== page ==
GREEK communists took over the Acropolis in Athens in another week of strikes and violent clashes between the police and workers. They are enraged at the massive attack on pay and conditions imposed by the International Monetary Fund and the European Union in return for a €110 billion bail-out loan.
The EU is providing €80 billion in funding — of which around €22 billion will be met by Germany — while the rest will come from the IMF.
Workers and immigrants are on the streets of every town in Greece demanding an end to the reactionary offensive led by the social-democratic government and supported by the conservative New Democracy opposition and the fascist LAOS (Popular Orthodox) party.
Workers, led by members of the communist-led union federation, beat drums and chanted “don’t mess with us” as they marched through Athens on Wednesday during a mid-week general strike that brought Greece to a standstill. Offices, factories, universities, schools and docks were closed while transport workers shut down ports, rail and air-transport across the country. In the capital small traders kept their shops open during the strike but closed them during the demonstrations in solidarity with the protesters.
This week’s general strike is the third this year against the wave of austerity measures announced by Prime Minister George Papandreou to deal with the economic crisis. The measures include wage cuts for public workers, a three-year freeze on pensions and a second increase in sales taxes and prices of fuel, alcohol and tobacco.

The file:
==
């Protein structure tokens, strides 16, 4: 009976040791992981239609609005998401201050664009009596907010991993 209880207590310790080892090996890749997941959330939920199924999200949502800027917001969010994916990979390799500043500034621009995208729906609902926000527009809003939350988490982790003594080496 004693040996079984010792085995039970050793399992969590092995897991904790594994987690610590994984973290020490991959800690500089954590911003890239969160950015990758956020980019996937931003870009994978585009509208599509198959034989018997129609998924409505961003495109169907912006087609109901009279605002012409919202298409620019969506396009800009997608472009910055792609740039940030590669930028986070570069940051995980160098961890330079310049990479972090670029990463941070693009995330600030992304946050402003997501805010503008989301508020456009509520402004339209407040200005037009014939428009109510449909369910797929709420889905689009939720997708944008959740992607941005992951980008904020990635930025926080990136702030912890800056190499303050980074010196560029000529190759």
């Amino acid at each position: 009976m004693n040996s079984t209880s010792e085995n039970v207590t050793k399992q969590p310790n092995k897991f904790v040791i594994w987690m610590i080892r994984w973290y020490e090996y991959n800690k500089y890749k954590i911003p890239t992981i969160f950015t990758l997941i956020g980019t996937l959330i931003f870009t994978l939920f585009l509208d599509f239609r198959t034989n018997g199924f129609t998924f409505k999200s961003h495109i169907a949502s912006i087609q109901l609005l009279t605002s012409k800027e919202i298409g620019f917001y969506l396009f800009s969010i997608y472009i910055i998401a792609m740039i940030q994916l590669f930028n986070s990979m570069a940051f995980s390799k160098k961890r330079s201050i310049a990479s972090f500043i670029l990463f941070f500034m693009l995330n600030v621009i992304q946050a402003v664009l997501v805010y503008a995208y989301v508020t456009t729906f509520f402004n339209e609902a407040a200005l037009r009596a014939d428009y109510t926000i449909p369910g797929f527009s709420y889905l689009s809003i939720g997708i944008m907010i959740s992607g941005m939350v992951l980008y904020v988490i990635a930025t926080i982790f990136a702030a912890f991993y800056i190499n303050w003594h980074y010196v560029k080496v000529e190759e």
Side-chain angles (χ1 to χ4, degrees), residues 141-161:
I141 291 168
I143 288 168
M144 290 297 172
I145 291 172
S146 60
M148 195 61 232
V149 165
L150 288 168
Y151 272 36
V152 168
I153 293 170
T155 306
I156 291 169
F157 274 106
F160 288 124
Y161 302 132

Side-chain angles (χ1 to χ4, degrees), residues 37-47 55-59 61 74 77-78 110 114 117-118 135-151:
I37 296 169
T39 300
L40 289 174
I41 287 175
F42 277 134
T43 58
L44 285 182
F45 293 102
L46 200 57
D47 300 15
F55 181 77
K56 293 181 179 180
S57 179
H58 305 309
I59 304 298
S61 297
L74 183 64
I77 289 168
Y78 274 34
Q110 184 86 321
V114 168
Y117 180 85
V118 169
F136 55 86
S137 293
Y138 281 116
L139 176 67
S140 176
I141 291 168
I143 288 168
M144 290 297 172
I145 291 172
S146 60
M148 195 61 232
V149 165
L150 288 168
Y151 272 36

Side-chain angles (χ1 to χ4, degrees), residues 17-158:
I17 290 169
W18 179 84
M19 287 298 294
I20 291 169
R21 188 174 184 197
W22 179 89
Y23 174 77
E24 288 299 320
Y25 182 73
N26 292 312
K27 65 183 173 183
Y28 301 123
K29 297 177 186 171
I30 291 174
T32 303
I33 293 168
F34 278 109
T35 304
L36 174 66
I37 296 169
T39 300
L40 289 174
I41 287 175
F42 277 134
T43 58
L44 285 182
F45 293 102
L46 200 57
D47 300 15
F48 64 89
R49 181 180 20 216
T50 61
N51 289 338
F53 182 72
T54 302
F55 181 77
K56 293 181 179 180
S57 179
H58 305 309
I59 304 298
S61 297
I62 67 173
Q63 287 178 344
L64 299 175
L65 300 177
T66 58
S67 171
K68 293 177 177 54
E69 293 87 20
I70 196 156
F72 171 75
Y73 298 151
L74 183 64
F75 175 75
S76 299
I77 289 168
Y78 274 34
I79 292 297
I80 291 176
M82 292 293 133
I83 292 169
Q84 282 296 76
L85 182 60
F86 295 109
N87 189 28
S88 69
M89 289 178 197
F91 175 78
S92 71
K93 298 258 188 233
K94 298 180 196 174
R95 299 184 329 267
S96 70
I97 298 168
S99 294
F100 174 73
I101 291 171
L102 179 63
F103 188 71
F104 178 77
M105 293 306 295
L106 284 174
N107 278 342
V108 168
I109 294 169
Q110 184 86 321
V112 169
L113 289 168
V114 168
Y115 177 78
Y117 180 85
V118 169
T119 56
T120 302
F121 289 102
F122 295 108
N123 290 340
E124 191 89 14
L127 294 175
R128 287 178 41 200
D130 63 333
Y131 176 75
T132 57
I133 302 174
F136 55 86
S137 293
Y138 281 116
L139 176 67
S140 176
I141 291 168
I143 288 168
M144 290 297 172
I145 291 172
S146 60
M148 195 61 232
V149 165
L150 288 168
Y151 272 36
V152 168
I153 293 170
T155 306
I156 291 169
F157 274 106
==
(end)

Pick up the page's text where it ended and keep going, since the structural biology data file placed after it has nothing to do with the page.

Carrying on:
Marching on the parliament, building workers chanted: “We paid for their profits, we’re paying for the crisis, the solution is in the street” waving posters saying “Our rights are under the hammer” and “Not one euro for the capitalists”.
Riot police beat back angry demonstrators in the heart of the capital and teachers stormed the state television centre, disrupting a news programme and forcing them to broadcast a statement of their demands before leaving.
Outside parliament, another group of protesters rushed up a flight of steps, taunting MPs to come out and calling them “thieves”. Riot police forced them back with water-cannons, tear gas and stun grenades and three people were killed during a fire-bomb attack on a bank.
“We want an end to the freefall of our living standards,” Spyros Papaspyros, the head of the Public Workers’ Union, declared at a rally outside parliament, reflecting the outrage at the social-democratic government’s plan to make a further €30 billions-worth of cuts at the expense of the workers and pensioners rather than the rich.
On the eve of the strike Greek communist (KKE) militants clambered up to the Acropolis to drape the Parthenon with red flags and two enormous communist banners. “This is a message to the people of Europe,” Panagiotis Papageorgopoulos, a KKE official, said. “People have the same problems everywhere. We can take control of our fate with organised protests, so that our lives are not run by the EU and the IMF.”
Wages will be frozen for three years under the new austerity plan. VAT goes up from 21 to 23 per cent. Free collective bargaining agreements have been abolished. Benefits and redundancy payments are going to be drastically cut and mass dismissals in the public sector and local government will push unemployment to new record highs.
As Greek communist leader Aleka Papariga put it: “No matter how many billions they lend to the Greek state this does not mean anything for the people.
“After all capital will continue exploiting the working people even harder and the decayed political system will continue treading down and intimidating them, it will continue to need workers without dignity”.